In terms of energy security, the Black Sea region is important to Europe. So far, most of the debates on that subject have been focused on the vital supplies of oil and gas from Russia, the Caspian Basin, and the northern segment of the Middle East. Repeated disruptions of the transit of Russian gas through Ukraine, whatever the political or/and commercial motivation may have been, has revealed some serious system vulnerabilities and has highlighted the strategic nature of the pursuit of energy security in Europe today. Inevitably and for very good reasons, a lot of attention has been given to the existing and planned pipeline routes going around or across the Black Sea. Much less attention has been given to the development of the Black Sea energy market in its own right and to the potential advantages of coping with some current and future energy issues in a multilateral regional format rather than through individual action at national level. This paper proposes to go beyond pipeline politics, without down playing their continued significance, and to concentrate instead on some topical questions related to the sustainability and resilience of energy systems as applicable to the Black Sea region.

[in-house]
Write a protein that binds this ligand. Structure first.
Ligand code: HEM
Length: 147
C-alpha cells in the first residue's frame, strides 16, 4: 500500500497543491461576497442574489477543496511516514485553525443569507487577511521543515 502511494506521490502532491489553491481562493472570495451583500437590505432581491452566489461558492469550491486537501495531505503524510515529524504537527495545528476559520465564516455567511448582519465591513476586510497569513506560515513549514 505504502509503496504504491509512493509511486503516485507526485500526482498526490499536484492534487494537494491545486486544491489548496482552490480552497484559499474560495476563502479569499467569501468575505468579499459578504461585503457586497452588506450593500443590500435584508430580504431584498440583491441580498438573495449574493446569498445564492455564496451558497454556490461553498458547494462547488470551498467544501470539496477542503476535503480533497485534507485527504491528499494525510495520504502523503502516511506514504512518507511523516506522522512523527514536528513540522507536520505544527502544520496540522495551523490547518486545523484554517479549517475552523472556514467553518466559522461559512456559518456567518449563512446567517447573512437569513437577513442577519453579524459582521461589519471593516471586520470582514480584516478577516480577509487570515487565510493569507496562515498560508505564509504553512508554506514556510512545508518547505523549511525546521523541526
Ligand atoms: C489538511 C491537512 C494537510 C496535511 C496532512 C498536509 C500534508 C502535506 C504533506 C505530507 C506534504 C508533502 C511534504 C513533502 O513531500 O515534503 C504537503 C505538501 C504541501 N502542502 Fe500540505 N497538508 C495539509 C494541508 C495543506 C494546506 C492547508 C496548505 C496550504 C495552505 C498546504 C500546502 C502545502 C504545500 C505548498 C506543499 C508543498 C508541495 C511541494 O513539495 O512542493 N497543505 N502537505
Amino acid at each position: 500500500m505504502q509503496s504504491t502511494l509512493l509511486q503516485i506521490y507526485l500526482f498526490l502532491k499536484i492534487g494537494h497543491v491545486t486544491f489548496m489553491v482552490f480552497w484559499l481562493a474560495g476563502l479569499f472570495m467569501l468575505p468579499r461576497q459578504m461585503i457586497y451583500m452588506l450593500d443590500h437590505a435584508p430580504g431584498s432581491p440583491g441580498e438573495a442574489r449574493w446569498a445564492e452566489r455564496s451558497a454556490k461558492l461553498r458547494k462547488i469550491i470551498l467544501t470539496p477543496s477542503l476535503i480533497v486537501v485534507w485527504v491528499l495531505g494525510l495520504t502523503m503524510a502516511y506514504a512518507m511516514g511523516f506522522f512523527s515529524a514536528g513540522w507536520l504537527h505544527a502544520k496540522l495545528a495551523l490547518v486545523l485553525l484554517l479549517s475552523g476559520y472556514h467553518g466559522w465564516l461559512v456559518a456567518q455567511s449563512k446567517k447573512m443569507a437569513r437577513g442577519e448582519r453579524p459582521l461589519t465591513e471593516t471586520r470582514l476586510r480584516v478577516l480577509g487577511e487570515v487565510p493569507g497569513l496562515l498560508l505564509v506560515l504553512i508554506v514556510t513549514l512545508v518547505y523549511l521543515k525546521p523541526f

Sergiu Celac

Considerations on Sustainable Development and Energy Security

The current views and methods associated with sustainability in energy in all steps of the life cycle tend to focus on direct elements and the first tier cascade of related impacts or potential problems. There is little examination into secondary, tertiary, or even higher order terms in the overall sustainability model. As has often been the case in the past in other endeavors, we are often too ready to suggest the higher order terms of an equation are of less impact and can be removed for clarity and handling ease. This paper will discuss the higher order effects of energy security where the KISS principle strips out critical knowledge we must incorporate to have for a more encompassing view of real vulnerability.